Nothing Like Oklahoma

Tuesday, September 27, 2011

"I'm in a world so wide it makes me feel small sometimes.  I miss the big blue sky, the Oklahoma kind..."

Here's what I know for sure.  Home is a good place.

I mean, New York is the greatest city in the world.  You can get anything you want here.  Except for Sonic, Big Truck Tacos, Ted's, and Mom's Mexican Casserole.  Those airline miles were just burning a hole in my pocket.  I couldn't resist anymore.  Two months not leaving New York was long enough.

So two subways, one New Jersey transit train, two Newark AirTrains, and two Continental jets later, I finally got what I really wanted...Baby Sister and The Chief and lots and lots of TexMex.

I saw my family and best friends and went to church.  I watched favorite TV season openers with favorite people.  I sort of had to relearn how to drive (whoops!).  I forgot how big the parking lots are.  I wandered through the "small" Target in Oklahoma City...which is still larger than a city block in Manhattan.  The Chief even made Texas Pie special for the occasion.

It's a funny thing though.  Everyone in Oklahoma kept asking if I had a Yankee accent yet.  Kept commenting on how "big city" I looked.  Kept begging for every detail of my glamourous New York City lifestyle.  And the truth is, living in Manhattan actually makes me feel a lot more small town.  People call me out on my "cute Southern accent" all the time.  Two months ago, no one had ever told me I had an accent.  I am constantly aware of how little I really feel in this great big giant city.  I crave all things Southern.  I get crazy excited when I find out someone is from Texas or Oklahoma.  If you're ever in New York and need a Southern comfort food fix, I'm your girl.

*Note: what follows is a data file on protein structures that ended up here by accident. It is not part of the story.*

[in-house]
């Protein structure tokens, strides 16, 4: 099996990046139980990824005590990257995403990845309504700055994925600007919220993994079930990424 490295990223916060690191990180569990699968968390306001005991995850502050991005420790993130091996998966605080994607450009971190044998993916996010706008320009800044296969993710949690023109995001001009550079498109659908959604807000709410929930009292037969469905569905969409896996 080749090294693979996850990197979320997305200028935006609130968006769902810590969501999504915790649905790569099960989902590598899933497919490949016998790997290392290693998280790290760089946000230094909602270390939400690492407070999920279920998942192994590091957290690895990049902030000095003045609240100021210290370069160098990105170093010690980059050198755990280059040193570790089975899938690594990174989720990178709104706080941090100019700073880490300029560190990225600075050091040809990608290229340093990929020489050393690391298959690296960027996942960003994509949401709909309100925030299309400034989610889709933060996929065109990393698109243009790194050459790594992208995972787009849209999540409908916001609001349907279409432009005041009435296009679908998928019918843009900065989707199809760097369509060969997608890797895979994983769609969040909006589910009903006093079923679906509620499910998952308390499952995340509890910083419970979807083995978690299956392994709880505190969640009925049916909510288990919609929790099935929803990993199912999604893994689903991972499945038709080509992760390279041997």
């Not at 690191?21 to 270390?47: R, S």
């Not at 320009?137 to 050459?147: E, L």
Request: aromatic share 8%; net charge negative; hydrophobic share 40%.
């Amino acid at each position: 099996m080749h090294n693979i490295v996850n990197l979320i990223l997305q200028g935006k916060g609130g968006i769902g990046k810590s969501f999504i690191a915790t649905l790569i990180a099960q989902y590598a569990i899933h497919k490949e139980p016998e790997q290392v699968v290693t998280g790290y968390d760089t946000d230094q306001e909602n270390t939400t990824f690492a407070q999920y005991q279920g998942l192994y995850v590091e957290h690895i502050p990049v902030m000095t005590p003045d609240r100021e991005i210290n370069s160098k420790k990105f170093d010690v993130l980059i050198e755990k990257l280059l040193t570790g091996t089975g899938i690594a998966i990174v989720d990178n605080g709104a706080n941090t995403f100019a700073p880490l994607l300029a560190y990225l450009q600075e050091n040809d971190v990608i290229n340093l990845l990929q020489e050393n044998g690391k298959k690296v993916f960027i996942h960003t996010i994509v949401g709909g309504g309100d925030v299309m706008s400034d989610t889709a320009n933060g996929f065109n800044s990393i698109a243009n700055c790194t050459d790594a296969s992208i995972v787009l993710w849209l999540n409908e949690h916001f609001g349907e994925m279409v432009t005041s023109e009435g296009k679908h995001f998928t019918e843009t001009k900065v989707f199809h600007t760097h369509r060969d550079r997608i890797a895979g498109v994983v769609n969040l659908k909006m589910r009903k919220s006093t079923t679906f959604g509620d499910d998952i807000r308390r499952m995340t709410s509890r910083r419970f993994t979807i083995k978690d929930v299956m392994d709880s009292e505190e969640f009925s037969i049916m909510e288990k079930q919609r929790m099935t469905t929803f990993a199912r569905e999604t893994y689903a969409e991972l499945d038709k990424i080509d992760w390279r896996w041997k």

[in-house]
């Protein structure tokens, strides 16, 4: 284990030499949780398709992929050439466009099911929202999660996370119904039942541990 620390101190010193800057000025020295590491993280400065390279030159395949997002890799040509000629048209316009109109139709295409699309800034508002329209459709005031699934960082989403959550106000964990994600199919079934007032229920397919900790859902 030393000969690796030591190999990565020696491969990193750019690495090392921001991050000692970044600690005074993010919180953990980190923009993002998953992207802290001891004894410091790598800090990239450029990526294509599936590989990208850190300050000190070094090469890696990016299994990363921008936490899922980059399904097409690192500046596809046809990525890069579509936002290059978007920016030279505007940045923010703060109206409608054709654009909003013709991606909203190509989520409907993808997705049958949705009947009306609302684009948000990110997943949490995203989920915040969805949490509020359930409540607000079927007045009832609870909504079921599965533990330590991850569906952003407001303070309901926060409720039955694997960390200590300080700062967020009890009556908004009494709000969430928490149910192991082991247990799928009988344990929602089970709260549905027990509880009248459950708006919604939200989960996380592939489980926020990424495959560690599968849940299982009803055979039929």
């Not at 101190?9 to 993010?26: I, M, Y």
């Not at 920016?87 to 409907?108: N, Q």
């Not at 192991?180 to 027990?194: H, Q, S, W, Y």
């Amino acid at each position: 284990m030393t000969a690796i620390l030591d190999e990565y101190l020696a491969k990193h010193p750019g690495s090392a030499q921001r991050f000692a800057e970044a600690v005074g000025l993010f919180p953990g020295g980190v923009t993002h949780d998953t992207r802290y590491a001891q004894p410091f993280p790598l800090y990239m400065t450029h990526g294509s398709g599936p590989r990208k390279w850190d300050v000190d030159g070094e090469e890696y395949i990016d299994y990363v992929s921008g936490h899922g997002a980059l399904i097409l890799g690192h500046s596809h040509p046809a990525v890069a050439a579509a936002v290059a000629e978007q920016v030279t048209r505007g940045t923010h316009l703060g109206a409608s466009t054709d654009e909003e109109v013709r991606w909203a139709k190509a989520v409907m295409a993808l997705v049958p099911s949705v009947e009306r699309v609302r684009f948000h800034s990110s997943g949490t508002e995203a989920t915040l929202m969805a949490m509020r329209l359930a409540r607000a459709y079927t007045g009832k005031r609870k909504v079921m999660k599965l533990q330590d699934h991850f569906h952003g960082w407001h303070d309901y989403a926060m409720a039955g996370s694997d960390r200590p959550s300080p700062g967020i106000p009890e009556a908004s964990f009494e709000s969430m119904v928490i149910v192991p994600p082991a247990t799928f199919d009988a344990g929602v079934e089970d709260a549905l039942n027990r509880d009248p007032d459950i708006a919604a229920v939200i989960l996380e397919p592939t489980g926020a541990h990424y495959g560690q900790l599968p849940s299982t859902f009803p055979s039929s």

Yes, I do have a fancy new New York haircut.  But in all honestly, it's from the same place in Oklahoma City that always did my hair.  And it was about one-third the cost of a fancy New York haircut.

And at midnight last night when I flew over the sparkling lights of this perfect monstrosity of a metropolis, I couldn't help but feel that surreal feeling that hasn't quite subsided in two months.  I live in New York.  New York.  I still can't really believe it.  I'm not sure if I ever will.

Because at the end of the day, maybe I really am just an Okie from Muskogee.

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